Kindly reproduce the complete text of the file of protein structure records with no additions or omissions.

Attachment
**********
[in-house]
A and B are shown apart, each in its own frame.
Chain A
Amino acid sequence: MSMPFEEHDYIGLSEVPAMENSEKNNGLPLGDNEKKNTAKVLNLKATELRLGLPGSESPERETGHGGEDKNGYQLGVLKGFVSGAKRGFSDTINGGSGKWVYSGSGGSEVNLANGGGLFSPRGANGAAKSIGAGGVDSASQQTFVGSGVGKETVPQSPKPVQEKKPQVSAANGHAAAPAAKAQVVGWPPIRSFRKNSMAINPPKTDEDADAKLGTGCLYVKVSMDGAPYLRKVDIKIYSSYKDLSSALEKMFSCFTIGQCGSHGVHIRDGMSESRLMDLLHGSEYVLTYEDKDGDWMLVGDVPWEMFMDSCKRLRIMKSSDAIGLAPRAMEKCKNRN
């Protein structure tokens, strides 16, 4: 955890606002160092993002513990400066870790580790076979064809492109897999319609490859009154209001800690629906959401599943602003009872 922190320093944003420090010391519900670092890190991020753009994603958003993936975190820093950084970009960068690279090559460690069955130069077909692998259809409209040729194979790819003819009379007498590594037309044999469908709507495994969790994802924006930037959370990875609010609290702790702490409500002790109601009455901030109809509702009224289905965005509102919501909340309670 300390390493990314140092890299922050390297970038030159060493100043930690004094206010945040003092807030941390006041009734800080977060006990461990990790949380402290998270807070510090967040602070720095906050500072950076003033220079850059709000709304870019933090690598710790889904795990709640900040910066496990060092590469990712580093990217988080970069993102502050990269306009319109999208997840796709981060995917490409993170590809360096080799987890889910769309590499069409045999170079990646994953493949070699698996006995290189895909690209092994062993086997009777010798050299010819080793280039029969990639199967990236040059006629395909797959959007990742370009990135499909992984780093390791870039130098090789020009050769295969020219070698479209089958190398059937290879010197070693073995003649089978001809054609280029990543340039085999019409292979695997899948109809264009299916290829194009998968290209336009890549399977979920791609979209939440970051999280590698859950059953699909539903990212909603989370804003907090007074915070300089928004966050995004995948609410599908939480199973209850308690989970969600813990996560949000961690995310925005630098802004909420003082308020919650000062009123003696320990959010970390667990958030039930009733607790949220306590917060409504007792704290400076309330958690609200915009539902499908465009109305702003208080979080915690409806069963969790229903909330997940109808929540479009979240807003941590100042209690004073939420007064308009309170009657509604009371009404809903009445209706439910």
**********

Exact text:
[in-house]
A and B are shown apart, each in its own frame.
Chain A
Amino acid sequence: MSMPFEEHDYIGLSEVPAMENSEKNNGLPLGDNEKKNTAKVLNLKATELRLGLPGSESPERETGHGGEDKNGYQLGVLKGFVSGAKRGFSDTINGGSGKWVYSGSGGSEVNLANGGGLFSPRGANGAAKSIGAGGVDSASQQTFVGSGVGKETVPQSPKPVQEKKPQVSAANGHAAAPAAKAQVVGWPPIRSFRKNSMAINPPKTDEDADAKLGTGCLYVKVSMDGAPYLRKVDIKIYSSYKDLSSALEKMFSCFTIGQCGSHGVHIRDGMSESRLMDLLHGSEYVLTYEDKDGDWMLVGDVPWEMFMDSCKRLRIMKSSDAIGLAPRAMEKCKNRN
């Protein structure tokens, strides 16, 4: 955890606002160092993002513990400066870790580790076979064809492109897999319609490859009154209001800690629906959401599943602003009872 922190320093944003420090010391519900670092890190991020753009994603958003993936975190820093950084970009960068690279090559460690069955130069077909692998259809409209040729194979790819003819009379007498590594037309044999469908709507495994969790994802924006930037959370990875609010609290702790702490409500002790109601009455901030109809509702009224289905965005509102919501909340309670 300390390493990314140092890299922050390297970038030159060493100043930690004094206010945040003092807030941390006041009734800080977060006990461990990790949380402290998270807070510090967040602070720095906050500072950076003033220079850059709000709304870019933090690598710790889904795990709640900040910066496990060092590469990712580093990217988080970069993102502050990269306009319109999208997840796709981060995917490409993170590809360096080799987890889910769309590499069409045999170079990646994953493949070699698996006995290189895909690209092994062993086997009777010798050299010819080793280039029969990639199967990236040059006629395909797959959007990742370009990135499909992984780093390791870039130098090789020009050769295969020219070698479209089958190398059937290879010197070693073995003649089978001809054609280029990543340039085999019409292979695997899948109809264009299916290829194009998968290209336009890549399977979920791609979209939440970051999280590698859950059953699909539903990212909603989370804003907090007074915070300089928004966050995004995948609410599908939480199973209850308690989970969600813990996560949000961690995310925005630098802004909420003082308020919650000062009123003696320990959010970390667990958030039930009733607790949220306590917060409504007792704290400076309330958690609200915009539902499908465009109305702003208080979080915690409806069963969790229903909330997940109808929540479009979240807003941590100042209690004073939420007064308009309170009657509604009371009404809903009445209706439910």